What Does Caitlyn Jenner's Name Mean? It's A Symbolic Choice That Honors Caitlyn's Journey And Her Heritage

It's a banner day for the Jenner/Kardashian clan. Not only did Kim Kardashian West announce her second pregnancy on Sunday's promo for the next episode of Keeping Up With the Kardashians, but the Vanity Fair cover introducing Caitlyn Jenner is out. It's a little hard for me to even write this without getting emotional, because this moment is so huge for the LGBTQIA community, and for her. And, let's be real: Caitlyn Jenner is STUNNING.

That's a Caitlyn with a "C," by the way, not "K" like the rest of her family. That, of course, says a lot as she steps forward from the spotlight of her famous family. The choice of Caitlyn with a "C" instead of its usual variant, "Kaitlynn," in a family whose names ALL start with "K," symbolizes not only her coming forward, but also a little of her stepping away from their limelight. "It's about my life and who I am as a person," Jenner says in a behind-the-scene video from the cover shoot. "It's not about the fanfare."

But the name means other things, too, and those meanings are definitely in line with what finally presenting publicly as a woman must represent for Jenner and for the entire transgender community. Caitlyn is an Irish female name, a variant of Katherine, and generally believed to mean pure, from the Greek word "katharos." For Jenner, selecting a name that has such a powerful meaning is significant. While some critics have horrifically suggested that she is putting on a female persona for publicity purposes, Jenner's name suggests the opposite: this transition is a stripping away of the male persona she has been forced to wear all her life in order to reveal her true self. "Bruce always had to tell a lie," she says in the video. "Caitlyn doesn't have any secrets."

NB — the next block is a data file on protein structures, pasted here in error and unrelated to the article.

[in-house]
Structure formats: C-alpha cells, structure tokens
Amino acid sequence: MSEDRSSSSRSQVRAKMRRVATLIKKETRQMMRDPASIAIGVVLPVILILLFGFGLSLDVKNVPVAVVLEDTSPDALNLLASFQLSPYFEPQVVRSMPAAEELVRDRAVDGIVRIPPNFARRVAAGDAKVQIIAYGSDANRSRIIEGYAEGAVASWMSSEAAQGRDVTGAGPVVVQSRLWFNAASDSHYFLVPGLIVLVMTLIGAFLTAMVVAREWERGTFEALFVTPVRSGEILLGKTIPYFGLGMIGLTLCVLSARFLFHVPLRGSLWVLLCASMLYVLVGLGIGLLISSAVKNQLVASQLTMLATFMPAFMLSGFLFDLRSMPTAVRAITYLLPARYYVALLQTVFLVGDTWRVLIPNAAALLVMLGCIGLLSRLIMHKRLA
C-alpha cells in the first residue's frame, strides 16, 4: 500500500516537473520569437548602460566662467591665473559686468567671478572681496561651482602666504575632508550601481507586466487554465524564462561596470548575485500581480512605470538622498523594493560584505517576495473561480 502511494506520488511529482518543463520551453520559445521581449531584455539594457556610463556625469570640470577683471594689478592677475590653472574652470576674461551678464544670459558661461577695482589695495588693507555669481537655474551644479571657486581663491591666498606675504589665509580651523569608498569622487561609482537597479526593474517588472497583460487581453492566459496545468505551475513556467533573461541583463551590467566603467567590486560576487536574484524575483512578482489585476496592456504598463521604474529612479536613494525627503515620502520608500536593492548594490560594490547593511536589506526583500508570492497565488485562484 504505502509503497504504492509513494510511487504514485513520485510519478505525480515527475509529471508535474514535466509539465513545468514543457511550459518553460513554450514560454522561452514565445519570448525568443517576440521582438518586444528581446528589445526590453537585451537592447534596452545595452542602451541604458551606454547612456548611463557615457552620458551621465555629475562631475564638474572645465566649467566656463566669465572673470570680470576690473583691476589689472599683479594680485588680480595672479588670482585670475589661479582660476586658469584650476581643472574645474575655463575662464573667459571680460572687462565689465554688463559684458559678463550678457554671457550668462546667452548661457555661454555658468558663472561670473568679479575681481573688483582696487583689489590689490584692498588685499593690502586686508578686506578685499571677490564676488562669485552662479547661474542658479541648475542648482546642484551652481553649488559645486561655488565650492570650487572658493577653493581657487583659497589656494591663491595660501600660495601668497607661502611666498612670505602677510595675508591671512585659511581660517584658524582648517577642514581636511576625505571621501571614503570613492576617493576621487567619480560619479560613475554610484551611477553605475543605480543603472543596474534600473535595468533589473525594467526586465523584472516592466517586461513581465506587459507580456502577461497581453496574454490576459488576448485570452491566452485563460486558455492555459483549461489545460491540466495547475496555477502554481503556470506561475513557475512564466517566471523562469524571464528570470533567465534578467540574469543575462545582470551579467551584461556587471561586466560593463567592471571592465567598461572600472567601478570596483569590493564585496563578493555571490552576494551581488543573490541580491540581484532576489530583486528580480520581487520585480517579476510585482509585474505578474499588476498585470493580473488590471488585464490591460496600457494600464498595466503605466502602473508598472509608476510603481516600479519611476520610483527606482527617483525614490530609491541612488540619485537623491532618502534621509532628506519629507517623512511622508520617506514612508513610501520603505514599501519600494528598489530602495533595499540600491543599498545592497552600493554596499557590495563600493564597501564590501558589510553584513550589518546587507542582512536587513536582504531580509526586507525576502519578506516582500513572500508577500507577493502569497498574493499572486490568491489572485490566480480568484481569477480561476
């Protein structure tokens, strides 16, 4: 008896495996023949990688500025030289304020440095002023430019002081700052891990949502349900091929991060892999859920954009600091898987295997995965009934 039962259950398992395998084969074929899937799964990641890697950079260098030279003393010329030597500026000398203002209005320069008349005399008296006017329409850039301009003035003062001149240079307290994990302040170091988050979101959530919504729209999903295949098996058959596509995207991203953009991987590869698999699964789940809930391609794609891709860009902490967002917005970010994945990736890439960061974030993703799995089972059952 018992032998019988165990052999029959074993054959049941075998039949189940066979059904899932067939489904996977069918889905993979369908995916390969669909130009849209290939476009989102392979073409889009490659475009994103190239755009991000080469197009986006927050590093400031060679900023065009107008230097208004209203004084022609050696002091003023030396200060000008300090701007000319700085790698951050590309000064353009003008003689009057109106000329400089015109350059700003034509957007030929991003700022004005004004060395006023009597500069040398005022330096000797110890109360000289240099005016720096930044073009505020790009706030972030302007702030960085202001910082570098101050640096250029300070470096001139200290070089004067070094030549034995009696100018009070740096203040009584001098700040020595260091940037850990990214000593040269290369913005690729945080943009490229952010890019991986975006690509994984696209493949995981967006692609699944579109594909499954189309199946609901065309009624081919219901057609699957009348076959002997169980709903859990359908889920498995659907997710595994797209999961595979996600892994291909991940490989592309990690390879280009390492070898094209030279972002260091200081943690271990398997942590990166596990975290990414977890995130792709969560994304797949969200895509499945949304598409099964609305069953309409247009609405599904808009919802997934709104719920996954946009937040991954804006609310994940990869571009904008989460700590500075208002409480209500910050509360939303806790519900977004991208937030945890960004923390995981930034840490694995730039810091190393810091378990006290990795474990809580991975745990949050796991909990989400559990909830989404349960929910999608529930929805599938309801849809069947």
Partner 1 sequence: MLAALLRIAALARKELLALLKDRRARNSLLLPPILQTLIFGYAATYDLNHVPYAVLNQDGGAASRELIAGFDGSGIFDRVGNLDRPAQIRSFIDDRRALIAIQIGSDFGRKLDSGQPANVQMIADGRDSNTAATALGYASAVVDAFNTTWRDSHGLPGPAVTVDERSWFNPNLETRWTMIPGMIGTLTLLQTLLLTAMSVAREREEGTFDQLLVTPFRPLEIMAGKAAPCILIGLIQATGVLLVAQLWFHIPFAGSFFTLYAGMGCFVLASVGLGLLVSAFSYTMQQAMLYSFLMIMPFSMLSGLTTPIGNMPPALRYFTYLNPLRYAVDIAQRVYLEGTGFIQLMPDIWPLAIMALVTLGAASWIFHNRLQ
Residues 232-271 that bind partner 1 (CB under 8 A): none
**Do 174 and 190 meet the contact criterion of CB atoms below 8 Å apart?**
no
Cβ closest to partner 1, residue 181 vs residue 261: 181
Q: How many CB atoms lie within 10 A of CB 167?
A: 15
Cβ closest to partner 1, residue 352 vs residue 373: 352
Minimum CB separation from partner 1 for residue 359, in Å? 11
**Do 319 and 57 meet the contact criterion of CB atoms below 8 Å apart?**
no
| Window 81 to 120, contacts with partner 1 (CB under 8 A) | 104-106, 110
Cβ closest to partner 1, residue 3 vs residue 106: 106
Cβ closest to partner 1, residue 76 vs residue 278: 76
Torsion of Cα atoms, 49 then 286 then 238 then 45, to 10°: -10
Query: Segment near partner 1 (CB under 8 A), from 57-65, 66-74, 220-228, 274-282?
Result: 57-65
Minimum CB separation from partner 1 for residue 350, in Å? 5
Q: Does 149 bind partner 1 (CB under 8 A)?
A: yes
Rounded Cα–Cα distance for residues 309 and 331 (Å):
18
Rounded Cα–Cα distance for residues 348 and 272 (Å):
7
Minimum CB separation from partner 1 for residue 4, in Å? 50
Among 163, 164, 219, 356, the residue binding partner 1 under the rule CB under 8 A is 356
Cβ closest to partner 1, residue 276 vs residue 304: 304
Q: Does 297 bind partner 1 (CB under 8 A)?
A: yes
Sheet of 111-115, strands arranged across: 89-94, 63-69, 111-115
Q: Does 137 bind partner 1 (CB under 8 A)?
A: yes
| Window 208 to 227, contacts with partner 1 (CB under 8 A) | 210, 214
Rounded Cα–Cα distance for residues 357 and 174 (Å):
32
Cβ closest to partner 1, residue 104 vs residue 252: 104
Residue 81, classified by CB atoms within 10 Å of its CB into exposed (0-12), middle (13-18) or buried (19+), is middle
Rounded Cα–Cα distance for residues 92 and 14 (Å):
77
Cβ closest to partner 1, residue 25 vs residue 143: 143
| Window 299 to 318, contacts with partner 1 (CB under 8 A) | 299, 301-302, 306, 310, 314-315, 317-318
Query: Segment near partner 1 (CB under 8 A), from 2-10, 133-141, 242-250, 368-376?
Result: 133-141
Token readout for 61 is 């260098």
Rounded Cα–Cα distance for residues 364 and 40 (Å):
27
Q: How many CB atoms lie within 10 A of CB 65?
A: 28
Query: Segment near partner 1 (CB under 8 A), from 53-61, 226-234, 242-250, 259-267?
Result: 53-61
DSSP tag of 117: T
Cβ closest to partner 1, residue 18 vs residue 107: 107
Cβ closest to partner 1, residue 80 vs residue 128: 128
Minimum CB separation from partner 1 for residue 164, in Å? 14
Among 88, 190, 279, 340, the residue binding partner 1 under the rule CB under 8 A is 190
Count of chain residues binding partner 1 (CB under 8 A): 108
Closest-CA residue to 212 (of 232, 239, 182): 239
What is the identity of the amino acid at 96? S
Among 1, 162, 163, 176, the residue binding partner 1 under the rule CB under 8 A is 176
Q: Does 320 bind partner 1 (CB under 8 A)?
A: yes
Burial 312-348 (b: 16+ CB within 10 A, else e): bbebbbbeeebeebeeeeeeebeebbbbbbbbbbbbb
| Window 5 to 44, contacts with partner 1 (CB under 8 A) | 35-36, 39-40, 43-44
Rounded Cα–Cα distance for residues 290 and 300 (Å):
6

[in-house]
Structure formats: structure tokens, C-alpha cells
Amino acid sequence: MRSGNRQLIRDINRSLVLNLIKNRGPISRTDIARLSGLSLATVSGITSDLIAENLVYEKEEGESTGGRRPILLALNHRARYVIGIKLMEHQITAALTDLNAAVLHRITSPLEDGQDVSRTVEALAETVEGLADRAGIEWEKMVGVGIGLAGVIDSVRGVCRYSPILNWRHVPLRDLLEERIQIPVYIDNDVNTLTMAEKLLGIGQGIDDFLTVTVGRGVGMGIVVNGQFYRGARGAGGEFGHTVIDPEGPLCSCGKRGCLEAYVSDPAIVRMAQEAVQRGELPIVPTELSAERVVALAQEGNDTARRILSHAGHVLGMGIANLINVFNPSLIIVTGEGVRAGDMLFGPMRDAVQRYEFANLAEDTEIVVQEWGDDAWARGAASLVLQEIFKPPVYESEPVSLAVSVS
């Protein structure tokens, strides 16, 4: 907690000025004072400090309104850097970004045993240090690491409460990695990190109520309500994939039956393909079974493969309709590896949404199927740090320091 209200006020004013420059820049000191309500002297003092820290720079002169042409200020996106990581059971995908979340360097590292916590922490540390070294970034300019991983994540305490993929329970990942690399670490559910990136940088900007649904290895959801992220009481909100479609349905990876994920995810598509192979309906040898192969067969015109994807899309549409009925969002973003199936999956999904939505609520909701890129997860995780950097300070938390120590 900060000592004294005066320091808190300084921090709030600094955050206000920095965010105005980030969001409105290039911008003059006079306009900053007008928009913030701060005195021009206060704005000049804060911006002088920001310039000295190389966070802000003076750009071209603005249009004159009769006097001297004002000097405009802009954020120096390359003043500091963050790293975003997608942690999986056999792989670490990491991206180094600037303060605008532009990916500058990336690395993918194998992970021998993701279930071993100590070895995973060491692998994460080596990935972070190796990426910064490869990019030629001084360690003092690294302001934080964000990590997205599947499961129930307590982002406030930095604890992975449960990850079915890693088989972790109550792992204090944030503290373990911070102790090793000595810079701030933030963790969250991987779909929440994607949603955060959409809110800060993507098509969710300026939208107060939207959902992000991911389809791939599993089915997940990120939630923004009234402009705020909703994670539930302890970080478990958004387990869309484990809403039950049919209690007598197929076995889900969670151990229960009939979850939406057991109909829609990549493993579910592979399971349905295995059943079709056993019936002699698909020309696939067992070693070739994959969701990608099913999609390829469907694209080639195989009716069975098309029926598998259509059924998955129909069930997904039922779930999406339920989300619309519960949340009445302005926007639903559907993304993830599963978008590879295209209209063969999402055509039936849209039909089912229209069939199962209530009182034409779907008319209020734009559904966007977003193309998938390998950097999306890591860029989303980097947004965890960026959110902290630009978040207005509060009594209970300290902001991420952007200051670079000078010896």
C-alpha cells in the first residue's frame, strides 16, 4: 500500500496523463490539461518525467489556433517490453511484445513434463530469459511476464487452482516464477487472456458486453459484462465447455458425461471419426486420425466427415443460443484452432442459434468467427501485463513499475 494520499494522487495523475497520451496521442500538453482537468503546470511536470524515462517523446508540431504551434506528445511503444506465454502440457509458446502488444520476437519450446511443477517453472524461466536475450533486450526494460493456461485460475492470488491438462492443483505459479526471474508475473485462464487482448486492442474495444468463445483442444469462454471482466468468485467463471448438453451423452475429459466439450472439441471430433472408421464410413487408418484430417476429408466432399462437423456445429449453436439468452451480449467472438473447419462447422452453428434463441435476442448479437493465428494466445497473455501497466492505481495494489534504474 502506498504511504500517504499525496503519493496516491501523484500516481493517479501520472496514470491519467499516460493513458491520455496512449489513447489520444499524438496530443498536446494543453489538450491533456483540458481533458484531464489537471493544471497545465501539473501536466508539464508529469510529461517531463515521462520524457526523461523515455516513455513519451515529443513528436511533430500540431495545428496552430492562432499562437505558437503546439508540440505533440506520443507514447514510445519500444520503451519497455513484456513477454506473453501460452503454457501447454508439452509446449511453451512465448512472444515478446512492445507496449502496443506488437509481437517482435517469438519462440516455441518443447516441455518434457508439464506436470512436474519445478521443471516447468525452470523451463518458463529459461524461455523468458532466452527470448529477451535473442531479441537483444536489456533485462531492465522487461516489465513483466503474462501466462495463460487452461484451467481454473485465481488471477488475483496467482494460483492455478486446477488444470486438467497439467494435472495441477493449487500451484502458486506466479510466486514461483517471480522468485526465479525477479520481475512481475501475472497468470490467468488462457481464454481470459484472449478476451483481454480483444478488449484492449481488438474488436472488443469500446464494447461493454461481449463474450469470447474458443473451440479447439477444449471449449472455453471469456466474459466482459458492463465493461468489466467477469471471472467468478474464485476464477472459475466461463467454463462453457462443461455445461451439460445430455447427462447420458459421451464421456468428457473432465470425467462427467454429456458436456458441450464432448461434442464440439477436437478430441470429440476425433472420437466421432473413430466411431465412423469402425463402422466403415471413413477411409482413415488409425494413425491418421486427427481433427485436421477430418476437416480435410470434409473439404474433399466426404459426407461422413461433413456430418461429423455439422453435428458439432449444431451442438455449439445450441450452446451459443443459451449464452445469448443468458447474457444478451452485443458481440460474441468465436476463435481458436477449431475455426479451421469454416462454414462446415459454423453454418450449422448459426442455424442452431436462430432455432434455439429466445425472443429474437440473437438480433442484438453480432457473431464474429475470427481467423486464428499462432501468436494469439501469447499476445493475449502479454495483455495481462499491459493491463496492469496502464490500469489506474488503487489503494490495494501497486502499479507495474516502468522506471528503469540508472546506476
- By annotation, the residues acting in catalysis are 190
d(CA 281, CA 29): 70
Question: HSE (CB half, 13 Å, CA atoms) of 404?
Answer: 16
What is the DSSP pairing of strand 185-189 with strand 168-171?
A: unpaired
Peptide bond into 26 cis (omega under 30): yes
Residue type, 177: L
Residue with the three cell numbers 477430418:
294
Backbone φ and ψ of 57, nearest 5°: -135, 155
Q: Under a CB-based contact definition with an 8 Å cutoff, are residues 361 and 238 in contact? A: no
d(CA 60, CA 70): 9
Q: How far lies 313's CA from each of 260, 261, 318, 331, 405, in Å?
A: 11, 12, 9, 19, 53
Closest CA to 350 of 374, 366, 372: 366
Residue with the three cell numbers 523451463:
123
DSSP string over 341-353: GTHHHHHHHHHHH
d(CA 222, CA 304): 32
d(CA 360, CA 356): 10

The fact that Caitlyn is an Irish name is also telling. Even while coming forward publicly as a woman, Jenner is holding fast to who she has always been. Jenner's ancestry is a mix of English, Scottish, and Irish, and to select the Irish spelling of her name over the Americanized version (Kaitlynn) is to also hold fast to tradition and to her heritage.

With all of this in mind, the name seems absolutely perfect. It shows both her independence from her former identity (and her much-talked-about family), while paying homage to the traditions that have shaped her. Very well done, Caitlyn. Welcome to the world.

Images: Vanity Fair/YouTube